Many centuries later, this rather sinister reason for indoor shoes of slippers was developed further in the Middle East. The original babouche was an ultra-soft slipper and inspired by the style of an open-back sandal. The word babouche comes from the Persian ‘Papuch’ or possibly the Arabic ‘Babush. The main feature of a babouche is the exaggerated point at the front of the slipper.
The particular softness of the babouche stems from the process by which it is made. It’s cleaned and dried repeatedly until it meets the ultimate level of softness. As a babouche was such a beautifully soft slipper, it was said to reflect the opulence of its wearers. These were mainly kings or 17th-century French courtiers. These monarchs and nobles led luxurious lifestyles who were tended to footmen and gophers who made sure the sumptuously soft indoor shoes remained in perfect condition.
Babouche in modern times
Artisan babouche slippers are still made nowadays in markets across Marrakech, Morocco, and remain a cultural icon. The babouche retains its place amongst the world's most soft and beautiful handcrafted slippers as they were named 2016’s ‘must-have’ shoe.
While the middle east was busy designing and creating their ultra-soft indoor shoes, across the continents to Italy, slippers were being developed for another use. The comfort of a slipper combined with a rubber sole made from old bicycle tires made sure 16th century Gondoliers were comfortable, did not slip the wet interiors of their boats. They were also perfect for protecting the surfaces they stood on. This slipper became known as the Venetian Furlane.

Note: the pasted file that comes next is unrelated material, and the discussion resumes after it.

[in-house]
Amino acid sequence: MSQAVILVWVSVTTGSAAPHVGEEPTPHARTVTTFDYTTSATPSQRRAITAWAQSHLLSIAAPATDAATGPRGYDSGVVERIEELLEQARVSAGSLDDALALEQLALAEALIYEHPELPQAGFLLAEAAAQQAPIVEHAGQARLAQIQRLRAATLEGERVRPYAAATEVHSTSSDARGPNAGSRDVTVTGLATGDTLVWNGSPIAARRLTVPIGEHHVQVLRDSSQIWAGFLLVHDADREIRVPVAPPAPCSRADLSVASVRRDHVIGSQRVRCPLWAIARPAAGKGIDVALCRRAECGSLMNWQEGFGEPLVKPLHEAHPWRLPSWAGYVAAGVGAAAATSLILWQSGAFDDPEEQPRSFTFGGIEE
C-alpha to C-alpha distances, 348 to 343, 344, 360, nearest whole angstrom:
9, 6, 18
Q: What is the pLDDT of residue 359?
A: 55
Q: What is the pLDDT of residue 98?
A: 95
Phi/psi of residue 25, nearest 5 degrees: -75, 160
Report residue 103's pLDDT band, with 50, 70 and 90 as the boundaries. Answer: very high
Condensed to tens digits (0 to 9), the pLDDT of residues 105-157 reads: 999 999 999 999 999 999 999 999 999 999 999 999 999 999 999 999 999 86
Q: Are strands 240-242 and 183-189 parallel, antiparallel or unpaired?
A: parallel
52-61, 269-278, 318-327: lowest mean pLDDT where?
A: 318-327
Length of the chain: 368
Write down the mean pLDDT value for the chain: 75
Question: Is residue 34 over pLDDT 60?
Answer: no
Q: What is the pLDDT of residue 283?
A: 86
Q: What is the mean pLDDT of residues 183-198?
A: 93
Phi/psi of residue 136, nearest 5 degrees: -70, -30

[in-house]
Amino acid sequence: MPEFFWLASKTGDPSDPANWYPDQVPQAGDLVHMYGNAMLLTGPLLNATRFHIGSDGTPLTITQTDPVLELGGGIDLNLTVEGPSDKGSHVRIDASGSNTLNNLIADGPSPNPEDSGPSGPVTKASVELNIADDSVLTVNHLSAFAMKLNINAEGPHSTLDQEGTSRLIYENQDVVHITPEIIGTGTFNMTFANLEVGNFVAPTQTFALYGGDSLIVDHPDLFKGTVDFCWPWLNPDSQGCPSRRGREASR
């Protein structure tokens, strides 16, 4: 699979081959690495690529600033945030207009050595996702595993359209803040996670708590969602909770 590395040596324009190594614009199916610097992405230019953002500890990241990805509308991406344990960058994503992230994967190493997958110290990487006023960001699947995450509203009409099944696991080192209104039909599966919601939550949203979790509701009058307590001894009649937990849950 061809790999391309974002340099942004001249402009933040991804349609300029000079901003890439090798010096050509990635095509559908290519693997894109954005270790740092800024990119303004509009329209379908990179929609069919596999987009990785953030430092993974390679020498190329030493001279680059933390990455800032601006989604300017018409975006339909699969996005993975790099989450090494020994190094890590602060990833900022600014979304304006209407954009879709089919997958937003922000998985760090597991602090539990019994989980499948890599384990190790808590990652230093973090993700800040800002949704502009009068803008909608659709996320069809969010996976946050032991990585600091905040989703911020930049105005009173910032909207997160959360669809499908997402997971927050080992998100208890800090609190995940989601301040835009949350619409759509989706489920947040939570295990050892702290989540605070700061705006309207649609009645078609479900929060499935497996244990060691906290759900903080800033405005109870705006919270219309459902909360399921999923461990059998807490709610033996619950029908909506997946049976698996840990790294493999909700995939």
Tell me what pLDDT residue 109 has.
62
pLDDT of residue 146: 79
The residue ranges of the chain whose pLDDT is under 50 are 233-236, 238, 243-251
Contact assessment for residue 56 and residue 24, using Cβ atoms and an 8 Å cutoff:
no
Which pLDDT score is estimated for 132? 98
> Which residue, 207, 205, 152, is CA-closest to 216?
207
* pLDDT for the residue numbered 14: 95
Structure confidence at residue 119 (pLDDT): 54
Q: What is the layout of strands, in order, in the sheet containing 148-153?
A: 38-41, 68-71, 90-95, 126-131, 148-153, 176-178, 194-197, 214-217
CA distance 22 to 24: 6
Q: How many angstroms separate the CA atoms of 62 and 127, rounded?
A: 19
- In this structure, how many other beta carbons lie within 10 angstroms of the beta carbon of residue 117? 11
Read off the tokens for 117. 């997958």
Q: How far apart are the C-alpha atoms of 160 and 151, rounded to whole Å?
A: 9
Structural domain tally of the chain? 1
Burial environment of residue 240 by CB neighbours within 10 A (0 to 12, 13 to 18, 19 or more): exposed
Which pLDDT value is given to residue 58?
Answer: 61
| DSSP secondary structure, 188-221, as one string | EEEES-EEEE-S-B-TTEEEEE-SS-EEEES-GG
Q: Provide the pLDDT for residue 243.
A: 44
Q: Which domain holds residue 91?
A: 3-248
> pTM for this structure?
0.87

The Furlanewas made from velvet curtains
The upper was made from velvet. This was usually in the form of old clothes or curtains. This chic touch preserves the refined quality of the Venetian culture. A practical and also attractive slipper that is still in use to this day. These useful but elegant slippers are still made by hand which gives authenticity and also keeps the handcrafted slippers legacy and rich history. In a nod to that ancient tradition here at Loungers, some of our beautifully crafted indoor shoes retain this heritage in our expertly handcrafted luxury Bordeaux Velvet slipper
The Prince Albert slipper
As we moved through the centuries and across the water to England, elegant velvet slippers continued to develop during Victorian times. The ‘Prince Albert Slipper’ was named after Queen Victoria’s husband who initiated this elegant lounge slipper made from the finest velvet. These exquisite indoor shoes were lined with silk with a soft leather sole and were worn by members of the aristocracy. Along with a dinner suit, ‘Prince Albert slippers’ were used by the elite to move elegantly between rooms in stately homes, before, during, and after dinner. They were also seen by the best dressed in smoking rooms and exclusive men’s clubs. So much so, they were also known as ‘smoking shoes’. Worn by Hollywood legends such as Douglas Fairbanks and Peter Lawford they became even more popular during the 1940s and 1950s.
Here at loungers we are proud to keep the craft of handmade slippers and lounge shoes relevant to this day. 3rd generation Italian shoemakers hand make our entire range of sumptuous luxury indoor shoes with painstaking detail, high-quality locally sourced fabrics, and exceptional artisanship. Our elegant range of best quality indoor shoes made of the finest leathers and velvet for a luxury feel with a modern eco-friendly ethos. Browse our full collection here.